Perhaps you’ve heard the expression, If at first you don’t succeed, merge.
And while they are not the cure-all the joke makes them out to be, mergers – and more broadly Mergers & Acquisitions (M&A) – can be a powerful inorganic growth strategy when intentions are clear and execution is well orchestrated against those intentions.
The bad news? Many M&A don’t work. Particularly large M&A.
The reality is many businesses are not sufficiently specific with their intentions for Mergers & Acquisitions before they embark on one. And if you’ve read enough HighPoint Associates content, you know we’re all about intentionality.
So when it comes to considering whether M&A is right for your business, the first effort comes down to identifying your rationale for undergoing what can be a lengthy and often intimidating process. In his InSights article on post-merger integration, Why Intentions Matter in Making Mergers Work, HPA Senior Advisor Alex Nesbitt writes,
“There are many reasons one company may wish to acquire another, leading to a variety of merger types… [These] categories serve as a starting point for considering the desired outcome of a merger….”
While HighPoint Associates sees all manner of rationales for businesses merging with or acquiring another, the below three types of M&A (aka combinations) rationale are by far the most common:
Much like a person consolidating their debt, efficiency combinations have the effect of reducing a business’ operating costs (among other things). These kinds of value creation M&A can also increase operational efficiencies. In either case, the anticipated end result is better scale with improved cash flow and profitability.
A good example is the $26.5 billion 2020 T-Mobile-Sprint merger deal, in which T-Mobile emerged as the surviving brand while the Sprint brand was discontinued within just a few months of deal finalization. According to T-Mobile, their combined assets and extensive capabilities and market overlap resulted in a “Supercharged Un‑carrier positioned to deliver unparalleled network reliability, value, innovation and commitment to customers now, when it’s more important than ever.”
The most popular reason for M&A transactions is to increase market power and/or share. In this case, extension combinations are frequently pursued to expand a company’s product lines or add product categories, or to widen their presence in a market they currently inhabit or enter an adjacent or new market. Additionally, they may be looking to increase customer penetration. This kind of M&A is all about revenue, with increased efficiencies and cost reduction secondary.
According to Google’s hardware chief, Rick Osterloh, the tech giant’s 2019 pre-pandemic purchase of Fitbit was about “devices, not data.” An attractive opportunity for Google, the acquisition will allow them to “invest even more in Wear OS as well as introduce Made by Google wearable devices into the market.” On the target company side, Fitbit CEO James Park has stated the acquisition would allow them to “innovate faster, provide more choices, and make even better products.” A seemingly win-win situation.
Transformational M&A come in several stripes, but they all have one thing in common: Each leads to new capabilities that the separate entities would never have on their own. In this case, the merged company is a sum greater than its pre-merged parts.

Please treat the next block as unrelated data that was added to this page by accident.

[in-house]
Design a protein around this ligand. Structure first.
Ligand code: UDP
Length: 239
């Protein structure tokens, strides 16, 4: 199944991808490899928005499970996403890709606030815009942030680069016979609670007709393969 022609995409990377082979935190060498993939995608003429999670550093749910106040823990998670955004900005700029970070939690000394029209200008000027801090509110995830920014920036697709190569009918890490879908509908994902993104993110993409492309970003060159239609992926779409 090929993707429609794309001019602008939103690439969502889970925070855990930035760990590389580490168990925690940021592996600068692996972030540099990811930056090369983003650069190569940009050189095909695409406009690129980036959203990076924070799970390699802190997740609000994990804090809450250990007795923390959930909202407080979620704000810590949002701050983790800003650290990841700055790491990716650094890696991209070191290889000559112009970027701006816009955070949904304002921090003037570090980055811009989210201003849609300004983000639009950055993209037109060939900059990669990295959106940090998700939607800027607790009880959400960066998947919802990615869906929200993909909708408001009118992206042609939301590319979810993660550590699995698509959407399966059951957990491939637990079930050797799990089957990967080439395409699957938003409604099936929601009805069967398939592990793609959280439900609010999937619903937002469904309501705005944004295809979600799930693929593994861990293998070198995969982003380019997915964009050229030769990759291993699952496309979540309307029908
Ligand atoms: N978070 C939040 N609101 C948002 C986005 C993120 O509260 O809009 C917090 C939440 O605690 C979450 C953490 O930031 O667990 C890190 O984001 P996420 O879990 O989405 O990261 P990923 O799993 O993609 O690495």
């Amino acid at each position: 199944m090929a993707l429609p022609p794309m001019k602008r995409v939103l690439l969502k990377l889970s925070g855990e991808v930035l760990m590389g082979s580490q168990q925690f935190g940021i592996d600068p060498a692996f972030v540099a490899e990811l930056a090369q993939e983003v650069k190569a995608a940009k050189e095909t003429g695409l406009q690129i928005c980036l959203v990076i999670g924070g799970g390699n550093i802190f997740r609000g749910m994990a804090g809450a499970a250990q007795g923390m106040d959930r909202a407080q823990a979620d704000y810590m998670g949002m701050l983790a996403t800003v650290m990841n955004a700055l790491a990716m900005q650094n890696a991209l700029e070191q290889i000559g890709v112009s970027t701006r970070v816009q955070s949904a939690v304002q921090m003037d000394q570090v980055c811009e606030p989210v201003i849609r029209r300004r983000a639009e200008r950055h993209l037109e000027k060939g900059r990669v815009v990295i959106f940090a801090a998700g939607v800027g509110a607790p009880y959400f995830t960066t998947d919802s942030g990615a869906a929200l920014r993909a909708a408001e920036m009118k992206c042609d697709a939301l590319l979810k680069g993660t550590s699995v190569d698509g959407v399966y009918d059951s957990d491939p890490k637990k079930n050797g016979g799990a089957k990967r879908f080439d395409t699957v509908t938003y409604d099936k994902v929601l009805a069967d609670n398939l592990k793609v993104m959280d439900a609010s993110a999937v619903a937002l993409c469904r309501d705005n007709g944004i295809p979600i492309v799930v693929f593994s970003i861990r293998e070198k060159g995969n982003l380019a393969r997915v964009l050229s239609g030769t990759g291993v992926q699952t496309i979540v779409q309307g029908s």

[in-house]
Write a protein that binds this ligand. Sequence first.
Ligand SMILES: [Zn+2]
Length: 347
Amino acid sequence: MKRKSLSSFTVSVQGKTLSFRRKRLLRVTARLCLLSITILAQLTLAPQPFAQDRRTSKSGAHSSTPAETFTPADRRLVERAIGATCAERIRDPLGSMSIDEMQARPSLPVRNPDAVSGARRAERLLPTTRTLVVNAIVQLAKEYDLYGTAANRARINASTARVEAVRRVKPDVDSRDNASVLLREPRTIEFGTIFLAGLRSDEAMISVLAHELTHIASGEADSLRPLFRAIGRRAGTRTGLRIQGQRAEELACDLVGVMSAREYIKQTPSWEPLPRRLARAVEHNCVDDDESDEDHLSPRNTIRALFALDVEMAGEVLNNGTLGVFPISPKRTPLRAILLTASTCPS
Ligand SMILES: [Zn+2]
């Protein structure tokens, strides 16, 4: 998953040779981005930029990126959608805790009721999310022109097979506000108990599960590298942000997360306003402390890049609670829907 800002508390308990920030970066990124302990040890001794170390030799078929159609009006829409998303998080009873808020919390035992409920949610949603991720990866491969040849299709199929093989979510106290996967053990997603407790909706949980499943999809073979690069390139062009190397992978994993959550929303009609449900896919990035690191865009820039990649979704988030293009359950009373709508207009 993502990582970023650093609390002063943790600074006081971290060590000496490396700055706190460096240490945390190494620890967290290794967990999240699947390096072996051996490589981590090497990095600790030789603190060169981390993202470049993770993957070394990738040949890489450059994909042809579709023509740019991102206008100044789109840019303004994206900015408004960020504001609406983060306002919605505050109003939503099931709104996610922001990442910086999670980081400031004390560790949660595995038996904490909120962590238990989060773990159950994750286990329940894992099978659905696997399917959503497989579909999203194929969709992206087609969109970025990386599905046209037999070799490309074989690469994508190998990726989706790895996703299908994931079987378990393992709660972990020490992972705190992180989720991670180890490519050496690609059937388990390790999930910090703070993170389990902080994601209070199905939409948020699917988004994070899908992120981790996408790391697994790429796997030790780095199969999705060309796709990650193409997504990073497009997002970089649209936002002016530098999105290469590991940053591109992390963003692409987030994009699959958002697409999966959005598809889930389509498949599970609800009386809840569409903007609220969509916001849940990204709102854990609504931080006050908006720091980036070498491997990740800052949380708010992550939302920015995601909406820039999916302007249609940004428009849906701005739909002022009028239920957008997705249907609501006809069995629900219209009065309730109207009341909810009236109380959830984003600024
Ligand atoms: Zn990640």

While efficiency combinations are focused on increasing scale-based cash flow and efficiency, and extension combinations are measured by an increase in market share and revenue, transformational combinations seek to achieve differentiation with new capabilities. The goal of this combination is to create a strategic advantage with new opportunities and connect with new kinds of customers.
Within transformational M&A, there are three “sub-rationales”:
1. To multiply products, services, and/or operational capacity.
2. To acquire needed resources like customers, talent, technology, or innovation capabilities. E.g. When a company wants to keep up with competitors that might be ahead of the game in terms of technology, acquiring a company that brings that technological edge can often be a faster way to get up to speed and become more competitive in the market.
3. To enter very different markets and diversify risk. This last category of M&A transaction is normally undertaken by large conglomerates.
CVS Health’s acquisition of Aetna in 2018 is one such transformational combination. In fact, the stated goal straight from the target Co’s mouth was to “Transform the consumer health experience and build healthier communities.” CVS’s retail locations across the country are expected to help achieve that goal, while allowing CVS entry into the health insurance space.
Aside from the heavy financial investment they require and their mixed batting average, Mergers & Acquisitions are simply too big an undertaking to begin without a clear understanding of your company’s rationale before deal sourcing. Again, per Alex, “While managers are typically eager to focus on the process of post-merger integration, they need to consider the desired outcomes of the merger first. Knowing what the combined entity must achieve serves as the foundation for establishing the intention of a company instigating a merger.”
Want to strengthen your strategic position in the marketplace?
The highly accomplished consulting team at HighPoint Associates has both the operational chops and industry expertise to successfully and rapidly execute each aspect of Mergers & Acquisitions planning and integration. We’ve led significant M&A activities internally, and understand firsthand each endeavor is a high-stakes event that integrates complex assets, cultures, processes, and IT systems. Contact us today to learn more about HighPoint’s mindful approach to mergers.